Whoa Nellie! Snowpack is a thing of the past. Click on the thumbnail graphics to the right for the statewide map and the statewide Basin High/Low graph along with the hydrograph for Clear Creek at Golden.
Clear Creek was running 10 CFS higher than median yesterday.
Meanwhile, here’s the executive summary from last week’s Water Availability Task Force from the Colorado Water Conservation Board. Here’s an excerpt:
March 2012 tied 1966 for the driest on record and it was the third warmest March for Colorado. Records date back to 1895. April has seen some improvement in precipitation with beneficial precipitation on the eastern plains that has lessened extreme and severe drought conditions. However, much of Colorado remains well above average for temperature and below average for precipitation. All major basins of the state have seen significant declines in snowpack. All continue to be below normal for the year. Statewide snow water equivalent at SNOTEL sites is 39%. Severe drought conditions have been reintroduced in the San Luis Valley and established throughout portions of the Yampa/White, Colorado and Gunnison River basins. Water providers are watching the situation very closely.
To date, April temperatures have been 2-8 degrees above average for most of Colorado, with multiple areas experiencing temperatures 10 degrees above normal.
Historically, Colorado reaches its average peak snow water equivalent for the season by April 12. However, this year only 68% of average was achieved and that peak occurred a full month early on March 12, 2012. Some basins, including the South Platte and the San Miguel/ Dolores/ Animas/ San Juan peaked as early as March 4.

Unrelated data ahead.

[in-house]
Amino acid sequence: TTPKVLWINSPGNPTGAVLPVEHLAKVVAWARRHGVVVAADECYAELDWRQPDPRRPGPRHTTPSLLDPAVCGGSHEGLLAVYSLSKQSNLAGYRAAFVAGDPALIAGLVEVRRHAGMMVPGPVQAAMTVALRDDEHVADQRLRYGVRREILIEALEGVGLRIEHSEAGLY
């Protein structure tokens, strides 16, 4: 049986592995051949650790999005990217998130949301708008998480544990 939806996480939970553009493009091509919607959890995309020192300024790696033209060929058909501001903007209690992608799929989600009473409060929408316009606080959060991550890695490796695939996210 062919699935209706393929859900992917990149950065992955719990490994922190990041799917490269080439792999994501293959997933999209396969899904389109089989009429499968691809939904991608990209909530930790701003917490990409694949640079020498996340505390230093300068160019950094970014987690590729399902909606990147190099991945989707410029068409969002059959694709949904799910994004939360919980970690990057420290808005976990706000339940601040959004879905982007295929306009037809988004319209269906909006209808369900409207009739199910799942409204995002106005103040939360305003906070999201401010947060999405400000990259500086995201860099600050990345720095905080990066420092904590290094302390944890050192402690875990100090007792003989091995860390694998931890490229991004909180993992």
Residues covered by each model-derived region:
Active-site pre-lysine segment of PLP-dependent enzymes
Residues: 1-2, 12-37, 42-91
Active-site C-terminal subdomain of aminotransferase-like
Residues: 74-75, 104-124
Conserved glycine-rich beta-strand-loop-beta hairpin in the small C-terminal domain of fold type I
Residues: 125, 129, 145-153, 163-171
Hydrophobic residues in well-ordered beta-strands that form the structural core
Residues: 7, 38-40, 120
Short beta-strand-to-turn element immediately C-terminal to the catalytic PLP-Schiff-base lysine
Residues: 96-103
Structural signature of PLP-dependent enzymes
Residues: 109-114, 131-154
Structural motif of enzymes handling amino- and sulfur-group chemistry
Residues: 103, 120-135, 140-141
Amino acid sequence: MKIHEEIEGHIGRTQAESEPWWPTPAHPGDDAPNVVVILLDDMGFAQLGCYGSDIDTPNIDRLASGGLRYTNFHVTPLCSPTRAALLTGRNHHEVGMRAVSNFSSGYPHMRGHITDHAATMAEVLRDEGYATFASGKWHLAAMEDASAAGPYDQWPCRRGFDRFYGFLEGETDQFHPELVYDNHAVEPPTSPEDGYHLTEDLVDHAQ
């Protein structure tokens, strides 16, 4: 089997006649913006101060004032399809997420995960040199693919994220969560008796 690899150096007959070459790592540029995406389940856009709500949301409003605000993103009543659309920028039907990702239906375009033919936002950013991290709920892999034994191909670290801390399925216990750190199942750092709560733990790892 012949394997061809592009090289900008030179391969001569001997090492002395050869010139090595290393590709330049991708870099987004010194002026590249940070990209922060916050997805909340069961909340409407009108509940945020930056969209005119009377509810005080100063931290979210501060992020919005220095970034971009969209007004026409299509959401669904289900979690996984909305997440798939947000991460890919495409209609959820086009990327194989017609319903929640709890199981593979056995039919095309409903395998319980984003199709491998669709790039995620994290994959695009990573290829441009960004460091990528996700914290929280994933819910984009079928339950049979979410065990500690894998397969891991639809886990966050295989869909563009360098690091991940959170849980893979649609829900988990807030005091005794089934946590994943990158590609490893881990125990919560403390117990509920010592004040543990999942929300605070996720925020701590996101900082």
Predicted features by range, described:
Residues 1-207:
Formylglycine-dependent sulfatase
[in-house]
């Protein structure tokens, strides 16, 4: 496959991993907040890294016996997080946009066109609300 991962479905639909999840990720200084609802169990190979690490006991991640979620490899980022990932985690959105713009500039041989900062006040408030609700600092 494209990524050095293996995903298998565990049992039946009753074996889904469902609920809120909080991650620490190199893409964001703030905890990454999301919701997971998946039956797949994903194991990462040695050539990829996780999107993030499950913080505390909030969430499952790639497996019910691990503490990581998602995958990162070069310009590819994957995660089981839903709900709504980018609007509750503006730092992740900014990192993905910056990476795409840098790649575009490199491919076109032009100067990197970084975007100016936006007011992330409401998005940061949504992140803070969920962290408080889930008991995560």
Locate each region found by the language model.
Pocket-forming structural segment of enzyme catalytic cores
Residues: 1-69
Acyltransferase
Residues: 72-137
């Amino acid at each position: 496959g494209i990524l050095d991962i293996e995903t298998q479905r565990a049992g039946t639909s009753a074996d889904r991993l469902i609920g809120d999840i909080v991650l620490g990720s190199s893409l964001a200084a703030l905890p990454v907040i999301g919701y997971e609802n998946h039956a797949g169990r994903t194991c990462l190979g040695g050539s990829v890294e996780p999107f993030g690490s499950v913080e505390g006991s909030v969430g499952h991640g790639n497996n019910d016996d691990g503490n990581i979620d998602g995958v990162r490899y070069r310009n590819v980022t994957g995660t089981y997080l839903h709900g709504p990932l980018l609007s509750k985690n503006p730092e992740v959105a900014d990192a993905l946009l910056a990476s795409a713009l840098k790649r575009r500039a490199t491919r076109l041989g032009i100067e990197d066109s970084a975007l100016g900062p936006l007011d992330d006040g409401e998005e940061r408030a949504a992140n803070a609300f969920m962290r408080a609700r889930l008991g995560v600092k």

Reservoir storage remains above average in the Yampa/White, Gunnison, Colorado, South Platte Basins, and San Miguel/ Dolores/ Animas/ San Juan. Statewide, reservoir storage is 108% of average. The Rio Grande and the Arkansas River basins continue to be the regions with the lowest reservoir storage levels in the state, at 73% and 86% of average, respectively.
As of the April 17 US Drought Monitor, 95% of Colorado is experiencing some level of drought classification, down from 100% two weeks earlier. D1, moderate drought, conditions remain in much of the Arkansas River basin and the northern and central mountains, while D2, severe drought conditions, have been introduced in the northwestern part of the state and the Rio Grande River basins. D0, abnormally dry conditions, account for the rest of the impacted areas of the state (35%). Removal of D0 on the central plains and a reduction of D2 in the southeastern plains resulted from early April storms that brought substantial precipitation.
The Surface Water Supply Index (SWSI) values range from -3.86 in the Arkansas headwaters sub-basin to -0.13 in the Upper Arkansas sub-basin. The Arkansas headwaters’ low value is, in part, due to operational drawdown of Homestake Reservoir. All SWSI values throughout the state are negative.
La Niña conditions have weakened, and the long term forecast for late spring (April-June) shows a shift towards dryness covering southwest Colorado, near-normal moisture over the eastern plains, and a slight shift towards wetness in northwest Colorado.
There is about a 40% chance that we could see a transition towards El Niño within the next few months, which would favor more moisture for the state.
On the West Slope, combinations of prevalent fine fuels and the possibility of a drier than normal season could lead to significant fire potential concerns as the season progresses.
More CWCB coverage here.